Joining the faculty at Harvard in 1996, Wilson studies race and urban inequalities. His most recent work is When Work Disappears: The World of the New Urban Poor. Wilson is the recipient of numerous awards, including 41 honorary degrees and the National Medal of Science.

+ BIO: Eugene F. Rivers III

Youth activist Reverend Eugene Franklin Rivers, III was born on April 9, 1950 in Boston, Massachusetts. Rivers spent his early years in Chicago where his parents, Mildred Bell Rivers and Eugene F. Rivers, Jr. were members of the Nation of Islam. His father, as Eugene 3X, designed the masthead for Muhammad Speaks.

Mentored by Reverend Benjamin Smith of Philadelphia's Deliverance Evangelistic Temple, Rivers graduated from Dobbins Vocational High School in 1968. He studied painting at the Pennsylvania Academy of Fine Arts, while becoming active in street level organizing and black church politics. In 1970, Rivers was a part of the Black Economic Development Conference working with Muhammad Kenyatta. He joined Lucius Walker and James Forman in the Reparations Movement. He attended Yale as an unregistered activist from 1973 to 1976. Officially admitted to Harvard University in 1976, Rivers was mentored by Dr. Martin Kilson.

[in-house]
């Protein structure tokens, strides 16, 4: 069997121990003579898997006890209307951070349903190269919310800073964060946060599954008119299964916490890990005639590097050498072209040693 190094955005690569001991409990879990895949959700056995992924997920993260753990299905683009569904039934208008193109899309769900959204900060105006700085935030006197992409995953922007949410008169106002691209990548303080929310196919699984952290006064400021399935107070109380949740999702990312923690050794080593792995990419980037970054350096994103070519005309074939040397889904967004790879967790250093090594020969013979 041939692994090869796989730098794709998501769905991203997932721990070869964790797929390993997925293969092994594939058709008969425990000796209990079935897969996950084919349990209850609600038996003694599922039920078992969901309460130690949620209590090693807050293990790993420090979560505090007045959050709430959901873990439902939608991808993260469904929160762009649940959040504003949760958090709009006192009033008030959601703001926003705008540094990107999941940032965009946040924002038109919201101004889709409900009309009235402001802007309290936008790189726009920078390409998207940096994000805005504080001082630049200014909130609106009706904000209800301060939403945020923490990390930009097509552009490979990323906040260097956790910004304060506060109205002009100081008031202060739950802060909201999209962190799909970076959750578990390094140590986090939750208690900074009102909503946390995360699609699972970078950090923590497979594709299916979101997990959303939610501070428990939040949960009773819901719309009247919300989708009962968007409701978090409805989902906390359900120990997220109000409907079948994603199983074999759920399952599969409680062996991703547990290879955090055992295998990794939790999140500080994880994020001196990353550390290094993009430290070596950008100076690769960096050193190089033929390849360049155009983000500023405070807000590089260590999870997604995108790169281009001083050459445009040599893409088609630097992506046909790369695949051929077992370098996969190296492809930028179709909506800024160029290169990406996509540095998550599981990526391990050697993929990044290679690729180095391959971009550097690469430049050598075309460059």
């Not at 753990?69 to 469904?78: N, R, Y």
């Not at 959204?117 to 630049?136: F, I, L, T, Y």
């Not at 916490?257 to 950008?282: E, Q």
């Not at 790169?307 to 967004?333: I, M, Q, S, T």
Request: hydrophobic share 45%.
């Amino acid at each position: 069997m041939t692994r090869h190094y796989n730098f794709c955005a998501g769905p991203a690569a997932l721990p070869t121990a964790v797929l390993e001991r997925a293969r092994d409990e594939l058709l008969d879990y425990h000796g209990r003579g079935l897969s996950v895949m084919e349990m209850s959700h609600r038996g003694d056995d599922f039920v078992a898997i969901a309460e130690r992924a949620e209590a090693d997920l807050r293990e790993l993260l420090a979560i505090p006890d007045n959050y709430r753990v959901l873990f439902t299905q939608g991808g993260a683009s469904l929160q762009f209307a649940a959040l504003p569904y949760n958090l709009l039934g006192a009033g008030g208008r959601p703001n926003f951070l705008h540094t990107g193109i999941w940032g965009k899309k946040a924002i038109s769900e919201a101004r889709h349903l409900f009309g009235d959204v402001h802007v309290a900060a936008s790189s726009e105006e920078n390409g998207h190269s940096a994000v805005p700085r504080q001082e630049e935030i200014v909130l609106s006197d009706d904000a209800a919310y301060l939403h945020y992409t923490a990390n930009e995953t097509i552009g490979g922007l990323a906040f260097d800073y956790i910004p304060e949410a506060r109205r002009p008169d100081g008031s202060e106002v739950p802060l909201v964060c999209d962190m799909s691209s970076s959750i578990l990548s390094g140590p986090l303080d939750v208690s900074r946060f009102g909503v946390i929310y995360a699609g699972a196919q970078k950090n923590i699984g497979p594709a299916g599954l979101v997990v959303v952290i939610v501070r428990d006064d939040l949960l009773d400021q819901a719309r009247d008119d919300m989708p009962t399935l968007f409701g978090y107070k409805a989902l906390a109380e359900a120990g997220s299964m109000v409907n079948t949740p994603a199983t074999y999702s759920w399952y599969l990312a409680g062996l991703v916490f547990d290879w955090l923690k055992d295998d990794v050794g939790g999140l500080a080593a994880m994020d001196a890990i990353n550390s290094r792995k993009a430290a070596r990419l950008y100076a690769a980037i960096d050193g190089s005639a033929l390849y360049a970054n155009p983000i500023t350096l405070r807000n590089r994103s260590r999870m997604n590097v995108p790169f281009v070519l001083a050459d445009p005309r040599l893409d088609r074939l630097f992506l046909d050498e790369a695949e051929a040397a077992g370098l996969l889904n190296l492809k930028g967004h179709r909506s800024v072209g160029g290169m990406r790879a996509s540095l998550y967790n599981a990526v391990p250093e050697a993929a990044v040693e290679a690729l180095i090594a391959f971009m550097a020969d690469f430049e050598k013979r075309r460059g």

Recognized as one of the most effective crusaders against gang violence, Rivers founded Azusa Christian Community in 1984 in the Four Corners section of Boston's inner city Dorchester neighborhood. As President of the National Ten Point Leadership Foundation, he is working to build new grassroots leadership in forty of the worst inner city neighborhoods in inner city America. Rivers has appeared on CNN's Hardball, NBC's Meet the Press, PBS's Charlie Rose, BET's Lead Story, and National Public Radio, among other programs. He has been featured or provided commentary for publications such as Newsweek, The New Yorker, The New York Times, the Washington Post, the Los Angeles Times, the Boston Herald, and the Boston Globe, as well as periodicals such as the Boston Review, Sojourners, Christianity Today, and Books and Culture.